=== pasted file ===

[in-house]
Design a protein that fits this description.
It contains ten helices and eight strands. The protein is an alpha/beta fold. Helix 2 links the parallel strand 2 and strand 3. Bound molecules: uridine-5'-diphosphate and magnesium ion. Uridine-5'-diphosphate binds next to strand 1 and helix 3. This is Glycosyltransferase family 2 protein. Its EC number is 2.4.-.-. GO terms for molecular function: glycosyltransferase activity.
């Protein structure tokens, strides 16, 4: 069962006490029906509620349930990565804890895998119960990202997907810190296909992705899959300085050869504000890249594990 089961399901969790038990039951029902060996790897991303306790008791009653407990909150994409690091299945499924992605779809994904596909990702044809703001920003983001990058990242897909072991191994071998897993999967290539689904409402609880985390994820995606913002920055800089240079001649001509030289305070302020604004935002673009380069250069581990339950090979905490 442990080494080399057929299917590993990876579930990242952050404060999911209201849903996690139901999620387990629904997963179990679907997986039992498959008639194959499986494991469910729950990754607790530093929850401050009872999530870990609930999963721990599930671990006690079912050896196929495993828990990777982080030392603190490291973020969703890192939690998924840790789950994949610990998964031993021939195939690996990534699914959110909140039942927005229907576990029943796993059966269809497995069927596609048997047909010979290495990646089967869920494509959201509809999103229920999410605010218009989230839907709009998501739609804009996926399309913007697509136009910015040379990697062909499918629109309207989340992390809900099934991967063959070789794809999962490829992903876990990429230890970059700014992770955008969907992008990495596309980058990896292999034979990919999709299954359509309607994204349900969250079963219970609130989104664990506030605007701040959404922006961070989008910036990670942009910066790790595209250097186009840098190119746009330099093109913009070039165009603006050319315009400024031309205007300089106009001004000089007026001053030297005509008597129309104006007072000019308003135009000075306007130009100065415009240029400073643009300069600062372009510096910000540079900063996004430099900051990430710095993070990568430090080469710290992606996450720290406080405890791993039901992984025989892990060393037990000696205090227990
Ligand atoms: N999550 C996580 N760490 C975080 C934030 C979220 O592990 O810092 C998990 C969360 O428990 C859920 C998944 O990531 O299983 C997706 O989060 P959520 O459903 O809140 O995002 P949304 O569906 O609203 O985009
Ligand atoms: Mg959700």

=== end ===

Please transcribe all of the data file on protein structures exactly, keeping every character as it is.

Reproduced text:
[in-house]
Design a protein that fits this description.
It contains ten helices and eight strands. The protein is an alpha/beta fold. Helix 2 links the parallel strand 2 and strand 3. Bound molecules: uridine-5'-diphosphate and magnesium ion. Uridine-5'-diphosphate binds next to strand 1 and helix 3. This is Glycosyltransferase family 2 protein. Its EC number is 2.4.-.-. GO terms for molecular function: glycosyltransferase activity.
């Protein structure tokens, strides 16, 4: 069962006490029906509620349930990565804890895998119960990202997907810190296909992705899959300085050869504000890249594990 089961399901969790038990039951029902060996790897991303306790008791009653407990909150994409690091299945499924992605779809994904596909990702044809703001920003983001990058990242897909072991191994071998897993999967290539689904409402609880985390994820995606913002920055800089240079001649001509030289305070302020604004935002673009380069250069581990339950090979905490 442990080494080399057929299917590993990876579930990242952050404060999911209201849903996690139901999620387990629904997963179990679907997986039992498959008639194959499986494991469910729950990754607790530093929850401050009872999530870990609930999963721990599930671990006690079912050896196929495993828990990777982080030392603190490291973020969703890192939690998924840790789950994949610990998964031993021939195939690996990534699914959110909140039942927005229907576990029943796993059966269809497995069927596609048997047909010979290495990646089967869920494509959201509809999103229920999410605010218009989230839907709009998501739609804009996926399309913007697509136009910015040379990697062909499918629109309207989340992390809900099934991967063959070789794809999962490829992903876990990429230890970059700014992770955008969907992008990495596309980058990896292999034979990919999709299954359509309607994204349900969250079963219970609130989104664990506030605007701040959404922006961070989008910036990670942009910066790790595209250097186009840098190119746009330099093109913009070039165009603006050319315009400024031309205007300089106009001004000089007026001053030297005509008597129309104006007072000019308003135009000075306007130009100065415009240029400073643009300069600062372009510096910000540079900063996004430099900051990430710095993070990568430090080469710290992606996450720290406080405890791993039901992984025989892990060393037990000696205090227990
Ligand atoms: N999550 C996580 N760490 C975080 C934030 C979220 O592990 O810092 C998990 C969360 O428990 C859920 C998944 O990531 O299983 C997706 O989060 P959520 O459903 O809140 O995002 P949304 O569906 O609203 O985009
Ligand atoms: Mg959700």